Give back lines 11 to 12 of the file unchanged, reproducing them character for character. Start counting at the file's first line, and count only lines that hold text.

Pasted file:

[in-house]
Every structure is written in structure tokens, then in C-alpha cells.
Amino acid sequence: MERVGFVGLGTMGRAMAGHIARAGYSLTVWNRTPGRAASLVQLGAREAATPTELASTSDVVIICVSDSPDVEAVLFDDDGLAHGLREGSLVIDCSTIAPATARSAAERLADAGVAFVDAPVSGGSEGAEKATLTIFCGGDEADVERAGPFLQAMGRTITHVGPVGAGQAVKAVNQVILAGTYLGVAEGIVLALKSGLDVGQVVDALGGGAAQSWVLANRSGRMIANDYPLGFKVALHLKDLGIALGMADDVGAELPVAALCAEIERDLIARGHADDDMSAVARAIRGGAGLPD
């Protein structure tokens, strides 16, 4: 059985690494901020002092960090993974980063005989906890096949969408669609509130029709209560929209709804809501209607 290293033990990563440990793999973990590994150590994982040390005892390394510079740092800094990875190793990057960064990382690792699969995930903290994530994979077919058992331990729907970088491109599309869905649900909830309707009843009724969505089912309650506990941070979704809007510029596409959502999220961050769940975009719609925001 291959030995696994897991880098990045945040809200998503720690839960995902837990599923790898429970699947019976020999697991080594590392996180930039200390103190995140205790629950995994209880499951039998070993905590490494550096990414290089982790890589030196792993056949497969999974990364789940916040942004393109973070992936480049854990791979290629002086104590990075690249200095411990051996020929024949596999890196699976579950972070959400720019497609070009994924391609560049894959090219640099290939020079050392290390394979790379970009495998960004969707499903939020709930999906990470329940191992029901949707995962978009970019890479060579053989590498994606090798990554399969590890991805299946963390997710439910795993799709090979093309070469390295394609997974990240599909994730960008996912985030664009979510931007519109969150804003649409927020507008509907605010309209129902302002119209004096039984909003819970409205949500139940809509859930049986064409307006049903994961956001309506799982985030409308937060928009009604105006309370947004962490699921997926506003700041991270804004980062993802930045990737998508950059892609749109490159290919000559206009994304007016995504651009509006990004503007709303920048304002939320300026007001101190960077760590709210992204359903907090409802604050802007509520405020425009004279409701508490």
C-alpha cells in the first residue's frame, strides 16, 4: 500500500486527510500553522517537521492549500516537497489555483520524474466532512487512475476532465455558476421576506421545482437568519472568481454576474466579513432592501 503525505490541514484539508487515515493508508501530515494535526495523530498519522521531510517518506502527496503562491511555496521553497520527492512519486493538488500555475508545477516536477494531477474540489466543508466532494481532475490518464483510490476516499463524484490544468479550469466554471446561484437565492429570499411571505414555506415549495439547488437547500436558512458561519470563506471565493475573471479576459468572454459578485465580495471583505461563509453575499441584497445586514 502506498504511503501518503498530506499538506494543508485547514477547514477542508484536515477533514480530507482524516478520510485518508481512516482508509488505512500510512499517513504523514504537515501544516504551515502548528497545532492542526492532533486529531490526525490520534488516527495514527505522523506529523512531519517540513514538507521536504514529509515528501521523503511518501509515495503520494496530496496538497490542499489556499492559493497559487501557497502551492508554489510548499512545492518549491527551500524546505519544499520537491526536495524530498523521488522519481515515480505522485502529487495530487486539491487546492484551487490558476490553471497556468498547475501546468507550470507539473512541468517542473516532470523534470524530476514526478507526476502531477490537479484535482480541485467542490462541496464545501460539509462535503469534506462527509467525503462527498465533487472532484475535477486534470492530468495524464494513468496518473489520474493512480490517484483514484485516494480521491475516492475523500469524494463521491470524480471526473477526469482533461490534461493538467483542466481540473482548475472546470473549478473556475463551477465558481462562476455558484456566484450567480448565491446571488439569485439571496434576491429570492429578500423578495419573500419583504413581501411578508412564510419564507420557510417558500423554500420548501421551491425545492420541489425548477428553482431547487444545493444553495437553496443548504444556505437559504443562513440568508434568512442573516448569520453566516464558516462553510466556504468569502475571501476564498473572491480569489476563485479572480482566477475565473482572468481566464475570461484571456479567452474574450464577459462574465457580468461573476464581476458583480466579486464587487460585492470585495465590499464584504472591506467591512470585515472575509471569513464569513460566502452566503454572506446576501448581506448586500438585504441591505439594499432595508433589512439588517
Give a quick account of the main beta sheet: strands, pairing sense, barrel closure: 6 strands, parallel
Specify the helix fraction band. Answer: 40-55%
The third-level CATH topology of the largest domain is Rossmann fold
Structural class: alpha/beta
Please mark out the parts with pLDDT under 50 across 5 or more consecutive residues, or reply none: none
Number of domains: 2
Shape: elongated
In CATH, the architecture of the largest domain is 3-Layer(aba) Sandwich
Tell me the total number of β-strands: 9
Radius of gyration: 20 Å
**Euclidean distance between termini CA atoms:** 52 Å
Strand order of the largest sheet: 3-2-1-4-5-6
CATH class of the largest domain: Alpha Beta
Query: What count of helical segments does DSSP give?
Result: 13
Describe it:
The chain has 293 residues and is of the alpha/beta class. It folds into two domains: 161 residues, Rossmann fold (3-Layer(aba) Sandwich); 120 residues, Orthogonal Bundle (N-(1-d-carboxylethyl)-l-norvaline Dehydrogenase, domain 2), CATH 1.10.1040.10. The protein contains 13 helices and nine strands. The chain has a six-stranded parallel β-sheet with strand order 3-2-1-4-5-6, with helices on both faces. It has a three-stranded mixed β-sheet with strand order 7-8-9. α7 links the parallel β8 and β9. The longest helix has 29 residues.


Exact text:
Number of domains: 2
Shape: elongated